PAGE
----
Chicago thermometers hit the 100 degree mark Wednesday afternoon -- and nowhere was this more noticable than on the streets and CTA stops.
At the Kedzie "L" stop, the CTA attendant swapped out her usual post for a spot on top of the staircase.
"I'm trying to catch a breeze," she told passing commuters. "I gotta go home and change my clothes--they're all sticking to me."
On the Green line heading towards Harlem, a rider couldn't contain his feelings about the warm weather.
"Hello?" he said as he answered his cell phone. "Man, it's hot out here. I feel like I'm going to faint."
According to city officials, over 300 residents have visited the six cooling centers scattered around Chicago since the heat wave began. Residents are able to use the centers to cool off in air conditioned rooms and grab a drink of water.
55-year-old Louis Campbell beat the heat at the Garfield Park cooling center.
"If it weren't for a place like this, my goodness, I would literally pass out," he said.
Also at the Garfield Park center was 19-year-old Markita Johnson. She was mixing Gatorade packets in water bottles for her and her family. She said she couldn't recall ever experiencing heat this intense.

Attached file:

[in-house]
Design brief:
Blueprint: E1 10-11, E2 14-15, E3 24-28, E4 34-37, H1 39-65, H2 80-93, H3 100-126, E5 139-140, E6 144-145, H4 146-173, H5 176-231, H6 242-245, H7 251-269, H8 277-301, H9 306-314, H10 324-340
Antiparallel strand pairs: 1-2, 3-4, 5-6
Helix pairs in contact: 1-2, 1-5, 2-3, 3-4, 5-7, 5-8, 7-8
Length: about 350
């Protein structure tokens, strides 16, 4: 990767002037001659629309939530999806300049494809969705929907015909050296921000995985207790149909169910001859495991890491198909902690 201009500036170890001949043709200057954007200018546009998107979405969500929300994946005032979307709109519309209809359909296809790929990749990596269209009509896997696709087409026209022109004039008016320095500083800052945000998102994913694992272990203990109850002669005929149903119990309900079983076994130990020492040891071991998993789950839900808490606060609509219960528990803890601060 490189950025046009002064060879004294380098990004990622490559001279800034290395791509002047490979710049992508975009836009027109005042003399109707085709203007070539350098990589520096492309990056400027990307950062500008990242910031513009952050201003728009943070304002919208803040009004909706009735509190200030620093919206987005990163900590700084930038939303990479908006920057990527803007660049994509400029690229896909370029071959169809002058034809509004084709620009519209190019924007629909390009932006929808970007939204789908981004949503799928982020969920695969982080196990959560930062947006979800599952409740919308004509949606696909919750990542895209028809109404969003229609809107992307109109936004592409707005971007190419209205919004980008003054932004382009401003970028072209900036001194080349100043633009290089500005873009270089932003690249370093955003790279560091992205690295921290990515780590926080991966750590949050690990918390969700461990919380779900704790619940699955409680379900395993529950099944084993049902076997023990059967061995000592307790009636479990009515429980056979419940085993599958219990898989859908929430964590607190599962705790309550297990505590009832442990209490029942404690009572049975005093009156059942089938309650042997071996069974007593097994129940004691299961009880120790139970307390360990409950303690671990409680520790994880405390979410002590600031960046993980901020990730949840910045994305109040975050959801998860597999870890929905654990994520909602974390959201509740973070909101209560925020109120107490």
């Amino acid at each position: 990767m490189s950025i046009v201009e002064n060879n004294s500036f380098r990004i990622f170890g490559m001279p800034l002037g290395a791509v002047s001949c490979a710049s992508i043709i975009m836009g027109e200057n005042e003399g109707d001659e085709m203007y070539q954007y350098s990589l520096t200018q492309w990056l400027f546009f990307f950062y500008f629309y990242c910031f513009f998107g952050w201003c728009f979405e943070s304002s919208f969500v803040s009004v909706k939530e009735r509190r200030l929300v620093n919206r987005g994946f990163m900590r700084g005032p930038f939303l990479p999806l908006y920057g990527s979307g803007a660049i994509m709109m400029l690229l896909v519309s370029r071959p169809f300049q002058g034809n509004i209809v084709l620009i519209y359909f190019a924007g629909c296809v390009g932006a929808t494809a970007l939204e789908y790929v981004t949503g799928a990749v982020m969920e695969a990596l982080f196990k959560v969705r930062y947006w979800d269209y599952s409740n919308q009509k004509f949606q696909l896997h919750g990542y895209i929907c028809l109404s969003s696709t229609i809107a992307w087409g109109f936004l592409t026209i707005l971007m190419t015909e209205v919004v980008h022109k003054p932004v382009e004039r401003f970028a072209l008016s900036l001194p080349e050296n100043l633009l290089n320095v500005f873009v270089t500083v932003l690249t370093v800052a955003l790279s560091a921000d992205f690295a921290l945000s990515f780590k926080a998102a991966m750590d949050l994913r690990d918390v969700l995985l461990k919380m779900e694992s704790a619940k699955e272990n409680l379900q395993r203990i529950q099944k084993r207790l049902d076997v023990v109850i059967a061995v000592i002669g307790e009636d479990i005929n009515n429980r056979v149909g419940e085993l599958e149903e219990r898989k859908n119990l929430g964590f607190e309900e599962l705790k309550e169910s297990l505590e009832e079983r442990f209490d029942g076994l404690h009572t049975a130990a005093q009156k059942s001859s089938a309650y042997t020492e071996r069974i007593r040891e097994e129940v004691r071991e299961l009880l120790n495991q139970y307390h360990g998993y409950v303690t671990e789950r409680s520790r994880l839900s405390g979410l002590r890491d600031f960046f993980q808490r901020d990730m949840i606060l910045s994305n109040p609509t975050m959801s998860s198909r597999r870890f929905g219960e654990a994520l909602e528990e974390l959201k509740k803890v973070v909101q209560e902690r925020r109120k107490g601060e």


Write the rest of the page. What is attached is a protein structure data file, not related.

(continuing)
"I like the heat but it just can't be this hot, it's just too, too hot, you know?" Johnson said.
Gary Schenkel, director of Chicago's Office of Emergency Management, urged Chicagoans to stay indoors as much as possible.
"Chicago residents have heeded the message to prepare for hot weather -- let's remain vigilant by preparing for hot weather through the weekend, especially when it comes to outdoor activities," he told reporters yesterday.
The city is also providing well-being checks. Residents can call 311 if they are concerned about a family member, friend or neighbor--especially senior citizens. As of noon Wednesday, city officials said the well-being check dispatch center had responded to 43 cases. According to Ben Alonzo, Director of Emergency Services for the city, that number is larger than normal.
"That's extremely high. We usually don't average more than a handful a day, but when it gets hot like this [the number] gets very, very high," Alonzo said.
Alonzo said the well-being check call center will be open 24 hours a day until the heat subsides.
But by the National Weather Service's forecast, that day could be a ways off. They are estimating temperatures will reach 95 on Thursday, and the lower 90s on Friday. The warm weather will then continue into the weekend. The heat wave is the hottest weather to start off the month of July since 1977.
As for the high temperatures on Wednesday, they are the hottest the city has seen since July 24, 2005.
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